Play is learning- play with your child to authentically weave in the development and use of new words. While playing with your child, think about how you can pair what they are doing plus the vocabulary in which the child is already familiar with additional words. For example, if your child tells you that she is cooking chicken; you can ask, “Are you frying or baking your chicken? I love including vegetables with my chicken. Should we steam or saute them?” Or if you can playing grocery store, you can ask your child if he/she wants to be the cashier/clerk/merchant or the shopper/purchaser/customer. Use the words interchangably and encourage your child to use multiple words. If we use the words consistently, then the child will start incorporating the words into the play and conversation.

It is also important to help your child transfer the vocabulary to other settings. If they are playing auto shop and you go to an actual auto shop for repairs or an oil change, incorporate the same vocabulary used during play to help your child make connections.

Here are some ideas for vocabulary with the additional prop suggestions from last week…

Deepening Children’s Play through Props and Vocabulary
ScenarioIdeas for additional props to add to expand the playIdeas for additional vocabulary to incorporate while engaging in the play with the child
Orthopedic Doctor
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Encourage the child to take on the role of the engineer who designs the equipment for rehabilitation (crutches, walker, sling, cast) Provide the child with stuff from a recycle bin (boxes, oatmeal containers, cardboard tubes, lids) and allow him/her to design OR encourage the child to take on the role of the physical therapist or occupational therapist and add in props such as icepacks, heat pads, exercise ball, weights, step stoolPhysical therapy, rehabilitation, exercise, prevention, sling, cast, occupational therapist, heat, icepack, client, patient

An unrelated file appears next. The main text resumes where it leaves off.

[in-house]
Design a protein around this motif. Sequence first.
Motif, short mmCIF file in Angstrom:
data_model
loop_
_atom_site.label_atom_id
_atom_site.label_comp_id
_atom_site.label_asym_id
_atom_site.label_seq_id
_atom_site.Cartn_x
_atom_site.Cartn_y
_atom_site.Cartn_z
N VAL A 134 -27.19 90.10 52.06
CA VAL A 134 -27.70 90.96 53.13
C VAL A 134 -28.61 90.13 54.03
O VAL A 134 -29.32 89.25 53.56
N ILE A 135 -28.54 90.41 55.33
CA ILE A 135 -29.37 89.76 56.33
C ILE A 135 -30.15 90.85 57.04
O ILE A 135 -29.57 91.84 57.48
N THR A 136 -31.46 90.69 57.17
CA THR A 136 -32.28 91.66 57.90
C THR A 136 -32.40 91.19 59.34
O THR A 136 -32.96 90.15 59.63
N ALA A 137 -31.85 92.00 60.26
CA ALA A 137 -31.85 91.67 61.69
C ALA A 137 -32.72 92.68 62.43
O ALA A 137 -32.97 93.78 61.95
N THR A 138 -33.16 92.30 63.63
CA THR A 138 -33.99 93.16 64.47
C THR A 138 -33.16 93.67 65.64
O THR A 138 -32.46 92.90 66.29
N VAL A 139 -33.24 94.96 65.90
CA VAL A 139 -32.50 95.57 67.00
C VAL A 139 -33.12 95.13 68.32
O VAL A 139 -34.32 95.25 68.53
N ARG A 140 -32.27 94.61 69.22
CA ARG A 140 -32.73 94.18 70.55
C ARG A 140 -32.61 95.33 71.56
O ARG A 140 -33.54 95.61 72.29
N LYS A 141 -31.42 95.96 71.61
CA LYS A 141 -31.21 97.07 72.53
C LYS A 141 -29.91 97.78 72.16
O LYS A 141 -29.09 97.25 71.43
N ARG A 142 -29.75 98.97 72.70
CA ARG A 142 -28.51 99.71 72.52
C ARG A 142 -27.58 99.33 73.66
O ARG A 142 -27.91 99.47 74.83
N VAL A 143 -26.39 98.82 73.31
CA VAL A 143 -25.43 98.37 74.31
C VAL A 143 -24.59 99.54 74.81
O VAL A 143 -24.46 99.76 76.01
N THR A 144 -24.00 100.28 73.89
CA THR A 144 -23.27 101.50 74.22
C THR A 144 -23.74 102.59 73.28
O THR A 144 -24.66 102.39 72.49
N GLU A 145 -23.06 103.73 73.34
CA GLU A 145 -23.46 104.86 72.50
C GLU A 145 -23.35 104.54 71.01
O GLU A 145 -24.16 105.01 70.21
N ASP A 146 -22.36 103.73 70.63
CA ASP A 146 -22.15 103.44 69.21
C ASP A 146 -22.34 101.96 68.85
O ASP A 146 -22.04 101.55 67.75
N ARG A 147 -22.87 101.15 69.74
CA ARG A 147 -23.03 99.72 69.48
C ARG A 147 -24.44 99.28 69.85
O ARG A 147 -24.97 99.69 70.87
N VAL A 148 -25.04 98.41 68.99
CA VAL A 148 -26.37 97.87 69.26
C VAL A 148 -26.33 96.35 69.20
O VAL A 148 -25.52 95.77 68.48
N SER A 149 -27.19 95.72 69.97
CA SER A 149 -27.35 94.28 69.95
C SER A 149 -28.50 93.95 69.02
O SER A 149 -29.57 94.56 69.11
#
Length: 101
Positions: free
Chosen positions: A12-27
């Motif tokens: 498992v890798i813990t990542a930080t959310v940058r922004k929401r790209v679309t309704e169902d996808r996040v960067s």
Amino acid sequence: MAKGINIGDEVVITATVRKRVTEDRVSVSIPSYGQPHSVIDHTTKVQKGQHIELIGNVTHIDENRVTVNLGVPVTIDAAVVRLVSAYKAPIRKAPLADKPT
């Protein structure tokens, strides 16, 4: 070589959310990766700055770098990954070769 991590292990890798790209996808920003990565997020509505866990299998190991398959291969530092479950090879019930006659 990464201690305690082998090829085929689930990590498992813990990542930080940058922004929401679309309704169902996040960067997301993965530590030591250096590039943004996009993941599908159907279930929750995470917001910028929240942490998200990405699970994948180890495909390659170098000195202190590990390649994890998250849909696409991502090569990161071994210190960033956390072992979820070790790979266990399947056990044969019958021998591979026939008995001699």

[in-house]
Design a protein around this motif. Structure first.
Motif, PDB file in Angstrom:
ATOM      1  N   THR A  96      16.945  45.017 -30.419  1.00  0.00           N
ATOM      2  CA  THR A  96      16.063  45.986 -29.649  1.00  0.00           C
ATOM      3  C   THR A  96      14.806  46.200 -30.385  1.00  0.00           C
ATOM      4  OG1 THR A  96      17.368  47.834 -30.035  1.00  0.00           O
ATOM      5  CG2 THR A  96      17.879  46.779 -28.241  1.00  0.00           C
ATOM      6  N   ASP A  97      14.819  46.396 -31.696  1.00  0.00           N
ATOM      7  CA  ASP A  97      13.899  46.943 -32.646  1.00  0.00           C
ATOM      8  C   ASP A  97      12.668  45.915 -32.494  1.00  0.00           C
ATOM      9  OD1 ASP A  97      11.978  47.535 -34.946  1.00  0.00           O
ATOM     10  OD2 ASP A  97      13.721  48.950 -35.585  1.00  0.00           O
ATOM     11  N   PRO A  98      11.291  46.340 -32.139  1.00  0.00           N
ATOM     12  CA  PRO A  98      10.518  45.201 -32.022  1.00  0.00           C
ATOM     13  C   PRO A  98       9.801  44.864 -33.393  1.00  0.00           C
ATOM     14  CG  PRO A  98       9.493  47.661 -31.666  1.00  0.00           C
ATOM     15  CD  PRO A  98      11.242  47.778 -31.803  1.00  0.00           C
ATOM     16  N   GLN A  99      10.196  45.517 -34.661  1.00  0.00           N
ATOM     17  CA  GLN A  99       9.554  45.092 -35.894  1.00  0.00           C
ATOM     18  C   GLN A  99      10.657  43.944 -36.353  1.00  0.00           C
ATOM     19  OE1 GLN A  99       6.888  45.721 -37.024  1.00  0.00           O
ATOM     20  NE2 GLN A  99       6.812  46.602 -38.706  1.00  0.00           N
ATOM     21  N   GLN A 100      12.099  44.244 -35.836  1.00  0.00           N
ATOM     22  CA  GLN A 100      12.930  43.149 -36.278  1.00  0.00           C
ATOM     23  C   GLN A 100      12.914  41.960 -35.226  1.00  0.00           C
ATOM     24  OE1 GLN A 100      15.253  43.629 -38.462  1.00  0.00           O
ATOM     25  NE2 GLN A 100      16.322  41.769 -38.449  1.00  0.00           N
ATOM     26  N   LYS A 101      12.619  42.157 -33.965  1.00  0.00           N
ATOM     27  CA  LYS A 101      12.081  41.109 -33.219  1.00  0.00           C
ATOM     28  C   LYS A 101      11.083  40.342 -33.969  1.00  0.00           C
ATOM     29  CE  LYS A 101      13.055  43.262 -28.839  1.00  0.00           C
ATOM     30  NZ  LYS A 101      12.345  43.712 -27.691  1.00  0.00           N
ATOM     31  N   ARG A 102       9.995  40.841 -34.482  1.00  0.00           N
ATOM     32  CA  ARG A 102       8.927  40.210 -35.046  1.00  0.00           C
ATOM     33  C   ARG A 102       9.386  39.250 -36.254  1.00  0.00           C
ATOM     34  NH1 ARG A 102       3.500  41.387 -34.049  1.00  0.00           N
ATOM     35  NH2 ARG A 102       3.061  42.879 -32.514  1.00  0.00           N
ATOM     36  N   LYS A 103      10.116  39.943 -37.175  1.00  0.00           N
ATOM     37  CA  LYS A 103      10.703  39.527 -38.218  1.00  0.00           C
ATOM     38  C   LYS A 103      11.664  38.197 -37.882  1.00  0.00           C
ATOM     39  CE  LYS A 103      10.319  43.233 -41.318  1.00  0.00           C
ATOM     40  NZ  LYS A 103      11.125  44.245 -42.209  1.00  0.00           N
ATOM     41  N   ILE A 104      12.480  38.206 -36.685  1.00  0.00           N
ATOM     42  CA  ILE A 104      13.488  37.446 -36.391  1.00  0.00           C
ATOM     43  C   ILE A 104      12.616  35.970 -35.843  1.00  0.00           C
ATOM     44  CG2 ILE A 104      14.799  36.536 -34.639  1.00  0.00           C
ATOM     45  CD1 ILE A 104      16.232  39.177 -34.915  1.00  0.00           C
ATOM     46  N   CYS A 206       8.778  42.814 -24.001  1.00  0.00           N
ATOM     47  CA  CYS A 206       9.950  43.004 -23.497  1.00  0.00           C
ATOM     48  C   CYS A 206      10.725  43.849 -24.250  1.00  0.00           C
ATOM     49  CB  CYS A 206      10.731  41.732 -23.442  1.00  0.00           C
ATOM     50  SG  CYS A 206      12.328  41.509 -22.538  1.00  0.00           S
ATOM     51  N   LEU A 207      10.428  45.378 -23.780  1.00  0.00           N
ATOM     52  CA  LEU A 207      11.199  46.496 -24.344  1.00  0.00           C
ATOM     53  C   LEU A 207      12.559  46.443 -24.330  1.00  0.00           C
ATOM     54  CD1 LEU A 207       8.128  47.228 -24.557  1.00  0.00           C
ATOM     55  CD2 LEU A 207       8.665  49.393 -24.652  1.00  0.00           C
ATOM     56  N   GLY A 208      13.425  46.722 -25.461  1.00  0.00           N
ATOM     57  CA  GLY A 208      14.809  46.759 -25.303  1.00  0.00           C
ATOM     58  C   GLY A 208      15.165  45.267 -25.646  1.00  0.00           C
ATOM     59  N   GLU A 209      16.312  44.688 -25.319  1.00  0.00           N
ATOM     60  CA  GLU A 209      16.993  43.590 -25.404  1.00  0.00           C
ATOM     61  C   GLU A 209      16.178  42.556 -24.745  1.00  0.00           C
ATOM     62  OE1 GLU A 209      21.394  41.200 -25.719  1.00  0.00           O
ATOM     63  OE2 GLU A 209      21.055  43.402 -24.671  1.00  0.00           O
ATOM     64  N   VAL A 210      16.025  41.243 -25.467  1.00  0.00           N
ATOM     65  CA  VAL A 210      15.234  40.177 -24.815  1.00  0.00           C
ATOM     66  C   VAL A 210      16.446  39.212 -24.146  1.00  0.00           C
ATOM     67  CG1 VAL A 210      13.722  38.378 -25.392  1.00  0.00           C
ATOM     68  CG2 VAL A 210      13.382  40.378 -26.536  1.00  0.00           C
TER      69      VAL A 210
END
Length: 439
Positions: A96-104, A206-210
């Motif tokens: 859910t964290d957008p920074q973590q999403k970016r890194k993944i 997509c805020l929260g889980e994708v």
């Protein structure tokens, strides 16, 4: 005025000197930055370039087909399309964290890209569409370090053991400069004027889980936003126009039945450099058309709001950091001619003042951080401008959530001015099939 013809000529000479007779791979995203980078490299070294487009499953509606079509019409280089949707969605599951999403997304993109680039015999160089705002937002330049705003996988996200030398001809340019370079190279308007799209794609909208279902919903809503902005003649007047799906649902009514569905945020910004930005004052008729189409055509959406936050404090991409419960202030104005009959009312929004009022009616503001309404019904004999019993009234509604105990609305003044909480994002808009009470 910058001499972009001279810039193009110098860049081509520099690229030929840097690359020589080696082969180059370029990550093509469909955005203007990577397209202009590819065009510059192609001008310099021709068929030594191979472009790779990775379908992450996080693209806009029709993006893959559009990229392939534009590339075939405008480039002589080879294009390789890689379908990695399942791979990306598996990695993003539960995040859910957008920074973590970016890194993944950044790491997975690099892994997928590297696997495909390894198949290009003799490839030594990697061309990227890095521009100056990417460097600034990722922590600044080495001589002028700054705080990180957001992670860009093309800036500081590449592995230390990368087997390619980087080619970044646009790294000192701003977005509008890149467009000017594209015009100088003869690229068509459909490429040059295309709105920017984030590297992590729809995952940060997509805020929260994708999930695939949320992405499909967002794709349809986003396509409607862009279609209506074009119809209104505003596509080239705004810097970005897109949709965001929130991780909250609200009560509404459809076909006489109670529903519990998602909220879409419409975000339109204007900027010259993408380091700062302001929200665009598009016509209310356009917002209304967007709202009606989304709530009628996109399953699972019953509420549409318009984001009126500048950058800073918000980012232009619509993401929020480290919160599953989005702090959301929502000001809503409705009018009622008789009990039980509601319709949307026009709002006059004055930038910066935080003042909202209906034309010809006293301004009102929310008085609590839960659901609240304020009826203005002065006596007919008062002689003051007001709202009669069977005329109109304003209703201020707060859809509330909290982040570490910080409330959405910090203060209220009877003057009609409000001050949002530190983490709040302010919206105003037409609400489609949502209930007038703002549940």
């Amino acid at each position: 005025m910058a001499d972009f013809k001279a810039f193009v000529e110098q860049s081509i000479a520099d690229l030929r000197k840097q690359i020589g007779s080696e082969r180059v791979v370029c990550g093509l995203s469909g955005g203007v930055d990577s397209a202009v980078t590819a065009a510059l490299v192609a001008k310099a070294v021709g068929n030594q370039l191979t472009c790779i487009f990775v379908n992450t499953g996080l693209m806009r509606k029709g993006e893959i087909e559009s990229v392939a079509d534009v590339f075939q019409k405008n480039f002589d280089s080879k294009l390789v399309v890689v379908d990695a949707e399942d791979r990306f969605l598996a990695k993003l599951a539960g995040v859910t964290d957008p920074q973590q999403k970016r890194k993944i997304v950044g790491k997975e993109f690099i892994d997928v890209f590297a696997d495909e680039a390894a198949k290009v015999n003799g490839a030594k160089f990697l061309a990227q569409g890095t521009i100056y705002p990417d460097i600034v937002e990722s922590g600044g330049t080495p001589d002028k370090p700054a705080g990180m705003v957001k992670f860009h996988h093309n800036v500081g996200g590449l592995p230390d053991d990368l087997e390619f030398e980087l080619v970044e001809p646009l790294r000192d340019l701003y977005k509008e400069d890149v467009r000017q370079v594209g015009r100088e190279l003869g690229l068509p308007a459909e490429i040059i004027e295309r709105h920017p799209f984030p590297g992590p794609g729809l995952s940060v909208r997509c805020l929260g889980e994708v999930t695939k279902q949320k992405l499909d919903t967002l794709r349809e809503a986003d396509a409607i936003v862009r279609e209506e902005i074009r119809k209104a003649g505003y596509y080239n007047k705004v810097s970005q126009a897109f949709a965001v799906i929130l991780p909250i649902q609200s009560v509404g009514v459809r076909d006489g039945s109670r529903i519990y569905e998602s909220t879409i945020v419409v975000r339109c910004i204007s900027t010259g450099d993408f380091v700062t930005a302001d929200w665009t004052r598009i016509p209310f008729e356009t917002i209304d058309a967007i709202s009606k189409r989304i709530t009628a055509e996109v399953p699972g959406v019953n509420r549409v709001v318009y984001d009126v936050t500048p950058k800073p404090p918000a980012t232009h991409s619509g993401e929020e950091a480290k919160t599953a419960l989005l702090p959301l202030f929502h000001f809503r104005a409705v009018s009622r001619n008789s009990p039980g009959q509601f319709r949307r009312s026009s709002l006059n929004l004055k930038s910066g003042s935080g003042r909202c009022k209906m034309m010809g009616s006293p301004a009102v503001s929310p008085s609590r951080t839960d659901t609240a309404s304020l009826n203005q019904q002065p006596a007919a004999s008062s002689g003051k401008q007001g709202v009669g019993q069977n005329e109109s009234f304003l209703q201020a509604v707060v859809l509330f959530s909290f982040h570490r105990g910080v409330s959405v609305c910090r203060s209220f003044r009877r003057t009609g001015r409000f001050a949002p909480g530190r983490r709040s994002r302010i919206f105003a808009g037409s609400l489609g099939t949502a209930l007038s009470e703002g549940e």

Auto Shop
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Encourage the child to begin to take calls from drivers that are stranded on the road- that cannot get into the shop for repairs and add props such as a big box to make a tow truck, empty, clean gas can, play tools, appointment sheet for phone numbers, play cell phoneRepair, roadside assistance, stranded, frantic, emergency, fuel delivery, insurance, peace of mind, on call 24 hours a day, dispatch, guarantee, customer, rescue
Home Living
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If the child likes to engage in a lot of pretend cooking expand the utensils available by adding chopsticks, tongs, materials for cake decorating, wok, pie pan: then observe and notice- what direction is the child taking the play, if he/she starts decorating cakes, then you can begin weaving in play about decorating for weddings or birthdays, taking orders and selling the cakes, etc. OR Remove all plastic play food and add vase gems, dice, plastic or foam alphabet letters, building blocks, wood cookies (tree branches cut into round disks) and have fun observing the child’s creativity as the items become all kinds of different food. (remember to add items that are appropriate for your child’s age and developmental level so that they do not become a choking hazard.)Sauté, fry, bake, decorate, fondant, glaze, buttercream icing, stir-fry, steam, roast, temperature, boil, whip, cream, fold, presentation, blend, shake, place settings, utensils, measure
Expanding Children’s Vocabulary through Play journeyintoearlychildhood.com